Rural life in France, along with its smells and sounds, and is now  ‘Cultural Heritage’

By Regina B. Jensen, Ph.D.

Contributing Writer

Please don’t ask me why my Danish husband is fascinated by German news, this time about French law no less. So this is the latest article he sent over from his home office to mine, where we “reside” and send each other news: “Did you see this, Honey?”

Well, it appears that Maurice, the now famous rooster who caused this new French law to come into effect last week (the equivalent of our “passed the House and the Senate,” I suppose), is now deceased. But long live Maurice, the rooster who started it all.

His dear owner had to fight when he was still alive and crowing, and actually went to court so he could continue his morning songs (my husband calls his mini-rooster Marvin’s sounds “singing”). It appears that too many city folk coming from Paris (make that L.A.) were used to sirens at night, but not to roosters crowing in the morning and sounds of sheep, such as my mini-sheep,who bleat dependably when they see my husband walk by.

Now, Maurice could crow his heart out, says the article “because the cock-crow, the mooing of cows and the bleating of sheep” will be part of France’s Cultural Heritage in the future — because France now has a law to protect noises and smells in the country.

It appears that Maurice became somewhat of a media star a few years ago, when a retired couple were bothered by his “morning-celebration of life” and went to court to silence him. Other communities followed suit, sometimes about rural smells, sometimes about rural sounds that city folk disliked.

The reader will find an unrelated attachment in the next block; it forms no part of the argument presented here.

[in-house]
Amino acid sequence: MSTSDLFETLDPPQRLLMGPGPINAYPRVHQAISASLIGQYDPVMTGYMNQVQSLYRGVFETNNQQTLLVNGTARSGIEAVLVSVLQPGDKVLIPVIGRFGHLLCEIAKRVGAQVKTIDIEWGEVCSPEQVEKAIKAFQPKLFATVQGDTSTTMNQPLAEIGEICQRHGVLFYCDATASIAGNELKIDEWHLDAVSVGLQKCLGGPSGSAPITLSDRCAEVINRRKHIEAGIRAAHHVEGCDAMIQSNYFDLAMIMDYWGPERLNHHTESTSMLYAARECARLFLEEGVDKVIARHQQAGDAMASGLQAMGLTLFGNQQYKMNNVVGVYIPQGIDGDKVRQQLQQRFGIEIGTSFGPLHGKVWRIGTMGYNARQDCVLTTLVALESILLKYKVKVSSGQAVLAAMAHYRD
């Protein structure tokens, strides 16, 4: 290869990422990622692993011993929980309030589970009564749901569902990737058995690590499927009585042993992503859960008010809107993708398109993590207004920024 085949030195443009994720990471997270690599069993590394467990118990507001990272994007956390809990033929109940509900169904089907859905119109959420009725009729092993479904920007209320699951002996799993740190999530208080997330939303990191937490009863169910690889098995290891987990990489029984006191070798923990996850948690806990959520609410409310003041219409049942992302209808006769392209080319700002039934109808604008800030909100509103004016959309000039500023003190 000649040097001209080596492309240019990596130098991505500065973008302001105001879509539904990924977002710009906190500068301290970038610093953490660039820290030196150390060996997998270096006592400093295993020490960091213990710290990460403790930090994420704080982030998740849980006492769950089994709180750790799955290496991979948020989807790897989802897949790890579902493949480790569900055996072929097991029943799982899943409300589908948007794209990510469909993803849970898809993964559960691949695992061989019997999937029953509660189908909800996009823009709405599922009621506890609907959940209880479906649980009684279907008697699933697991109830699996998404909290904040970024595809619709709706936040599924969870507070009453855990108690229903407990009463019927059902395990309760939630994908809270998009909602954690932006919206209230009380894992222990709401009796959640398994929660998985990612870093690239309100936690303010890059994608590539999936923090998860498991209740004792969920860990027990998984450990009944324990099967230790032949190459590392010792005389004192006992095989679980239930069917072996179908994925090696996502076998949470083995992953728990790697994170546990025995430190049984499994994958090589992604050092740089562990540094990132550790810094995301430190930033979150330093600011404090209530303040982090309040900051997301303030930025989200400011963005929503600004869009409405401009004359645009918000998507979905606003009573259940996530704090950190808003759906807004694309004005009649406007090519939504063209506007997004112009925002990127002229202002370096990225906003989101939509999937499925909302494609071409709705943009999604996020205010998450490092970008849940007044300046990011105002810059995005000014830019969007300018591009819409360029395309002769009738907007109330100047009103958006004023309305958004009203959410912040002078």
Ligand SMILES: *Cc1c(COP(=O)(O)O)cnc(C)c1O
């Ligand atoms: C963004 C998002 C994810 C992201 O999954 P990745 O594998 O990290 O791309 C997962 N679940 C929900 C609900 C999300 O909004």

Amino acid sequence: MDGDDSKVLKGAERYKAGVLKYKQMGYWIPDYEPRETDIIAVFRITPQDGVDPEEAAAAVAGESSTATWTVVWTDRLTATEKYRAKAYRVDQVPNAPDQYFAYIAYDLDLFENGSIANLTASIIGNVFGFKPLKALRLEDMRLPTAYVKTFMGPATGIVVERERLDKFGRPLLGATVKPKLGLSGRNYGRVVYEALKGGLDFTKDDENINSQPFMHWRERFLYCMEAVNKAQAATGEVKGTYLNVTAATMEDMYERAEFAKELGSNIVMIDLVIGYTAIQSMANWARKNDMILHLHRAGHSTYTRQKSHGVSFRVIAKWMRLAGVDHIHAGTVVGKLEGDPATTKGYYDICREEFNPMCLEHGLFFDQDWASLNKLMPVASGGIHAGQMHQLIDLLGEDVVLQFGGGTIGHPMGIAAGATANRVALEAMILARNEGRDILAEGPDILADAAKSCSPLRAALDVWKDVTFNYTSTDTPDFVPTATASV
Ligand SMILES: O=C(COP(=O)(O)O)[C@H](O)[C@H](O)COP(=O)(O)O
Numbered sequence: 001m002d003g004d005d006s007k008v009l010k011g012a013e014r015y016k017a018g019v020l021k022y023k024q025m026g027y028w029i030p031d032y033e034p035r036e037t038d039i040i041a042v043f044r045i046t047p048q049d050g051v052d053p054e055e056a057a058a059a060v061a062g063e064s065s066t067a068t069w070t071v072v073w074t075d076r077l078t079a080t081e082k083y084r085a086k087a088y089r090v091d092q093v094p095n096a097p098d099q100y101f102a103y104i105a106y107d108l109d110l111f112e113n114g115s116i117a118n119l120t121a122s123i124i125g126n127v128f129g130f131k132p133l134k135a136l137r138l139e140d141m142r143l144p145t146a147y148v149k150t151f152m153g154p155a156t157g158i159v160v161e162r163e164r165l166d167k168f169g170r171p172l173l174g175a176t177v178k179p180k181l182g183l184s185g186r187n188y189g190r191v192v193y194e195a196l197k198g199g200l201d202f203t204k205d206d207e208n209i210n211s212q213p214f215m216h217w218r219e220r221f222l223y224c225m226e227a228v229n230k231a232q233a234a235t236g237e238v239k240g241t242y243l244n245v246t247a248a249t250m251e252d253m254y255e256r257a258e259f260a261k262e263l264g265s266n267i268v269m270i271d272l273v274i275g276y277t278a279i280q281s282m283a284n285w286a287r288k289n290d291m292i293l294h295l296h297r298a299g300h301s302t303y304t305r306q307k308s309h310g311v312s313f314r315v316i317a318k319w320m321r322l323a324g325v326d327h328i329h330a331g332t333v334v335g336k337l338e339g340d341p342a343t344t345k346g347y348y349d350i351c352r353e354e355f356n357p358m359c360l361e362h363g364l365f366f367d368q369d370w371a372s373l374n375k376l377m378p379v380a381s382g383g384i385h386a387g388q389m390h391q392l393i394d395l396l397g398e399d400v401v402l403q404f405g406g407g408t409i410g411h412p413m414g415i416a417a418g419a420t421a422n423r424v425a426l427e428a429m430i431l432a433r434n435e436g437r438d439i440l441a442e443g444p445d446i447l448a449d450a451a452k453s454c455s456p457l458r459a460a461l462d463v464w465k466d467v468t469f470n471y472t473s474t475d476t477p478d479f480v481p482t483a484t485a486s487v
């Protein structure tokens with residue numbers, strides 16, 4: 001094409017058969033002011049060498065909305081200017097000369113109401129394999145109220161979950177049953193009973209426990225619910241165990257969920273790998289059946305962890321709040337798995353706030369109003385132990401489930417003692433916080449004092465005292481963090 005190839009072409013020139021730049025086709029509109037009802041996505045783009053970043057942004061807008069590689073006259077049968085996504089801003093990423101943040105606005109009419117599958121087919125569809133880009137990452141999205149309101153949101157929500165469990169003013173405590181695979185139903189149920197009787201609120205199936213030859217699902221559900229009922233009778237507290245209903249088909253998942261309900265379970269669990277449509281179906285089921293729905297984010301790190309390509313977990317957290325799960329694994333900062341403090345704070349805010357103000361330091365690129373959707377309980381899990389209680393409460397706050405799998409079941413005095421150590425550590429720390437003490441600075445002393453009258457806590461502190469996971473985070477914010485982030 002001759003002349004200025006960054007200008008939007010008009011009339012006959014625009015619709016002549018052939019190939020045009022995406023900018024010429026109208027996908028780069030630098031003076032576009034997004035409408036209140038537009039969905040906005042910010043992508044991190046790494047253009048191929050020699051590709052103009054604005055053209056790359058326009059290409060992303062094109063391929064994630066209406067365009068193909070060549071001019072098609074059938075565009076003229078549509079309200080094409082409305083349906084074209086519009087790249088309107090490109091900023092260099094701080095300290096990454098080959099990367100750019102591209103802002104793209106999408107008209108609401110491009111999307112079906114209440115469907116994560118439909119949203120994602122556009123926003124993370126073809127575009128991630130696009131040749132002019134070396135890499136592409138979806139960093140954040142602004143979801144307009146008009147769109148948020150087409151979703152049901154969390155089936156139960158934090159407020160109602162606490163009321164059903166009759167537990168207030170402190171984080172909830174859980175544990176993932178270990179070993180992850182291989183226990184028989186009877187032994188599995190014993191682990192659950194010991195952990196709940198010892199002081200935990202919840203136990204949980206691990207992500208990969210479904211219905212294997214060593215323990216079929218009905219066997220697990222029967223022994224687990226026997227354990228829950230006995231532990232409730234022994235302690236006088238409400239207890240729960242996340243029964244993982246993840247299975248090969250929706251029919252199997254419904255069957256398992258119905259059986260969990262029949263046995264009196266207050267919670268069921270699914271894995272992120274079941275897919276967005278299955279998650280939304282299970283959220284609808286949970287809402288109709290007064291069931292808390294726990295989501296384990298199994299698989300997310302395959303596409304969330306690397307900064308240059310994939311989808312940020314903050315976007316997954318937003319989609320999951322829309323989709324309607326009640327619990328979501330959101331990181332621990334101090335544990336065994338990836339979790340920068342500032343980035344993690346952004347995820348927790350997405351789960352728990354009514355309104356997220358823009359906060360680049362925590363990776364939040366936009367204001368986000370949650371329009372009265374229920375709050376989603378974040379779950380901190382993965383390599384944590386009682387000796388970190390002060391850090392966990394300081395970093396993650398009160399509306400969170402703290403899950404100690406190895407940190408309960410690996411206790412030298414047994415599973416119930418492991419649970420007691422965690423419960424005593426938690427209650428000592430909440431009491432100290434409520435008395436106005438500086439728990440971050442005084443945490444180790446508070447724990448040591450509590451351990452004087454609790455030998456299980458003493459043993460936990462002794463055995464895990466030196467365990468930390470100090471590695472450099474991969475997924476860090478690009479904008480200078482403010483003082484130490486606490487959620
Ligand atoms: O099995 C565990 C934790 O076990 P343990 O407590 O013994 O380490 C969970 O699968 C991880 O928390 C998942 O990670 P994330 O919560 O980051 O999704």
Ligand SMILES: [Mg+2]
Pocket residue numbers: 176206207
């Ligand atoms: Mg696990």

My city-neighbors once were so upset about my favorite mini (tea-cup) rescue piglet, that they caused the death of him.

 “We are ALL five very upset over here”, they said, ganging up against my pig, also named Maurice, who had been very frightened by something and got stuck under their fence and, confused, went from there into their horse paddock and no, the horses, as I watched him pass through their place with them sniffing him, were not upset by “little-old him” whatsoever. (Maurice, my gentleman pig who would try to get into my kitchen!)

Losing my Maurice was the trauma of my life (plus caused me to lose the $500 it cost me, all-in-all, to get him and his brother Max with hired help in a day-long trip way up in far-away Oroville!!) My Maurice thought I was a princess and I believed him. The princess and the piglet! (My husband never thought I was a princess!)

Back to the French law, which says that vacationers were even bothered by church bells ringing! The article said “an enervated lady from Paris even demanded that the crickets chirping in the evening in the village she had chosen as a retirement home should be killed with insecticides.”

Bless mayor Bruno Dionis, of the 400-souls village of Gajac in southwest France, who started an initiative called “The sounds of our country.” 

My dear husband often says “What can one man do!?” Well this man Bruno, and Maurice the rooster and his dear mistress, did do a lot. 

“Those who live in the country have to accept some irritation,” he said, and the article ends with: “Many farmers are now breathing a sigh of relief, because the law not only declares the ringing of church bells or the chirping of crickets to be characteristic. The smell of pig or horse stables is now also part of typical French country life.”

The author, Dr. Jensen (German!), is a former psychotherapist and trauma therapist, enjoying her retirement and only working with what she calls “old” clients and her students, while running between her animals bleating, crowing and smelling.

Photo contributed Bless mayor Bruno Dionis, of the 400-souls village of Gajac in southwest France, who started an initiative called “The sounds of our country.” Writer Regina Jensen and her rooster Marvin approve.